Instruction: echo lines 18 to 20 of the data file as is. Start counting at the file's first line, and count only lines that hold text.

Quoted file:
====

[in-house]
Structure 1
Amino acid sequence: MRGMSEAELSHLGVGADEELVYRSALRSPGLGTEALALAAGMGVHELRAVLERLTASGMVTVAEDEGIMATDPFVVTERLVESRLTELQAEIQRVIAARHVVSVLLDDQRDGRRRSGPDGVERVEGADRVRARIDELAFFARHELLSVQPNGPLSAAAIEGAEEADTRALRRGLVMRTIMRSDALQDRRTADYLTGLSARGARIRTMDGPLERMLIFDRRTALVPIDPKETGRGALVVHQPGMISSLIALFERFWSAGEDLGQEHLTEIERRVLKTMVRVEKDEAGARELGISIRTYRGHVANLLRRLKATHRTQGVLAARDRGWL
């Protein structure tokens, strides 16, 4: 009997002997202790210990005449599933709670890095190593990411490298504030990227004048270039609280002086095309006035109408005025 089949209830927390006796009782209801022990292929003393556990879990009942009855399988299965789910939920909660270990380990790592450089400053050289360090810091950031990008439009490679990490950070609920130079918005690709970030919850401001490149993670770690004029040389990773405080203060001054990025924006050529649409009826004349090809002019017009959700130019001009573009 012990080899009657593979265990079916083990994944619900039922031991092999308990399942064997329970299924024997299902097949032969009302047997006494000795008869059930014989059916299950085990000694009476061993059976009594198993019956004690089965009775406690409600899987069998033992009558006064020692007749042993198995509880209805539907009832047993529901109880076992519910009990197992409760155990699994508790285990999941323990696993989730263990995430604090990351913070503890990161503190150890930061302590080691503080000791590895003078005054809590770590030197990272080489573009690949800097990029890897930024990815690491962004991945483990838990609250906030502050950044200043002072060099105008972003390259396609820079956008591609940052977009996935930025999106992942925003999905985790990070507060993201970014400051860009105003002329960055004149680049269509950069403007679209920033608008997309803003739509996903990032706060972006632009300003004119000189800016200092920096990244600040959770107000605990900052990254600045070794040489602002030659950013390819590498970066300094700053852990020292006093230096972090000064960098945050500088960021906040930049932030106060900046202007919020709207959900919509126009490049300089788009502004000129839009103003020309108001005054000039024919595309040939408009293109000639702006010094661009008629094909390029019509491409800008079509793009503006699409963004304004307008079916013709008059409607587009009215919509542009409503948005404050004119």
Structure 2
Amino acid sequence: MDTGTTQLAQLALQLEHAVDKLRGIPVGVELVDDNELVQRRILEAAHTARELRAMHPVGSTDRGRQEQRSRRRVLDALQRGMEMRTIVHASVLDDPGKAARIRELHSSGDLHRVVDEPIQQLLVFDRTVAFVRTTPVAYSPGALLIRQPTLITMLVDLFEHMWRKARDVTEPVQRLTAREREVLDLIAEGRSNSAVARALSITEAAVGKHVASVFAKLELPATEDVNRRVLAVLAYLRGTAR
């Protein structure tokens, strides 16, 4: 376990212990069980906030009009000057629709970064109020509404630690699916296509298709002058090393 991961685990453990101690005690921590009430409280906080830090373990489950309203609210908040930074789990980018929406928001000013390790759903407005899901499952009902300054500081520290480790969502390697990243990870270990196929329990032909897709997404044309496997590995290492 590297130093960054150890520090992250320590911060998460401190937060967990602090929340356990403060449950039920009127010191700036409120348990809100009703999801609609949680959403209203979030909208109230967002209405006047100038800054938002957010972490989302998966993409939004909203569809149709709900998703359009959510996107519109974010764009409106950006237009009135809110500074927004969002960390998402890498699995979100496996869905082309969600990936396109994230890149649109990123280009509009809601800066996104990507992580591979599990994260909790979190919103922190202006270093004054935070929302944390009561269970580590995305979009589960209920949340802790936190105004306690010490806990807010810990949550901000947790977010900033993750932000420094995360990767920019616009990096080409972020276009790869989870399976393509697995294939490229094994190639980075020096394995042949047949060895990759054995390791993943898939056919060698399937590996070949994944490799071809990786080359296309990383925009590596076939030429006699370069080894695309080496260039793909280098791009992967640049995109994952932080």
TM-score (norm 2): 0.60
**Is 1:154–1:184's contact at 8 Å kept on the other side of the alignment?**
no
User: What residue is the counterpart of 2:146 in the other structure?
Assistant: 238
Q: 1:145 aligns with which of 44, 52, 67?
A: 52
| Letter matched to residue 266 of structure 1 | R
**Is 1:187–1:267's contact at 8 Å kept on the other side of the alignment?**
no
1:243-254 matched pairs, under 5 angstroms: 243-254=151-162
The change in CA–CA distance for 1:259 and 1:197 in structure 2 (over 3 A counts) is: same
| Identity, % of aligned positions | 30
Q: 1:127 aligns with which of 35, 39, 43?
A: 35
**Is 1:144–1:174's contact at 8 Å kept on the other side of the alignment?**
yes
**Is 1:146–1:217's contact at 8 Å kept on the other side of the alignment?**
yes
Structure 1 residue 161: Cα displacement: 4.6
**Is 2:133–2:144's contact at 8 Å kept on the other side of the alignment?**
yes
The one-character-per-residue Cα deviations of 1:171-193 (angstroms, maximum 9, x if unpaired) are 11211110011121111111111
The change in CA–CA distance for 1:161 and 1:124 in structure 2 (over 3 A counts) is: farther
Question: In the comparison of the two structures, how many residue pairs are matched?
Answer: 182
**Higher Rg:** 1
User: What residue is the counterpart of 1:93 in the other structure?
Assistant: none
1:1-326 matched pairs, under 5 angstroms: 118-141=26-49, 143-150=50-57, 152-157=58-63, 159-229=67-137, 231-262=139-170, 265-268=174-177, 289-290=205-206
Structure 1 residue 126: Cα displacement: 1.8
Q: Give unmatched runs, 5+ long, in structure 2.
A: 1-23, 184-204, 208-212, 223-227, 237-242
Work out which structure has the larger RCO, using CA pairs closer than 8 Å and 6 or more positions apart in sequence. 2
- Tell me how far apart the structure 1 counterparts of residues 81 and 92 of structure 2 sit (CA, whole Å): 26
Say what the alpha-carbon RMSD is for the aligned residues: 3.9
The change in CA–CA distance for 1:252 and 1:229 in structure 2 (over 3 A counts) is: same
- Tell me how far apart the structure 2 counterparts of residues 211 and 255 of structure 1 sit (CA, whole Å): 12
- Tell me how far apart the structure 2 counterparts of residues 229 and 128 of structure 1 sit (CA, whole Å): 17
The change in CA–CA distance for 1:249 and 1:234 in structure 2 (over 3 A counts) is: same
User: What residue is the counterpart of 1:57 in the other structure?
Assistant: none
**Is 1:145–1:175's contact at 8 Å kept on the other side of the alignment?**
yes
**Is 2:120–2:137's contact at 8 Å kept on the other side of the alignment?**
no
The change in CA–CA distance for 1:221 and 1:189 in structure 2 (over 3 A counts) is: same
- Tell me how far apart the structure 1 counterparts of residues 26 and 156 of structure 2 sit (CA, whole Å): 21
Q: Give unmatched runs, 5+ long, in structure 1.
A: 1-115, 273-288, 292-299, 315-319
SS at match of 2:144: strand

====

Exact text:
1:243-254 matched pairs, under 5 angstroms: 243-254=151-162
The change in CA–CA distance for 1:259 and 1:197 in structure 2 (over 3 A counts) is: same
| Identity, % of aligned positions | 30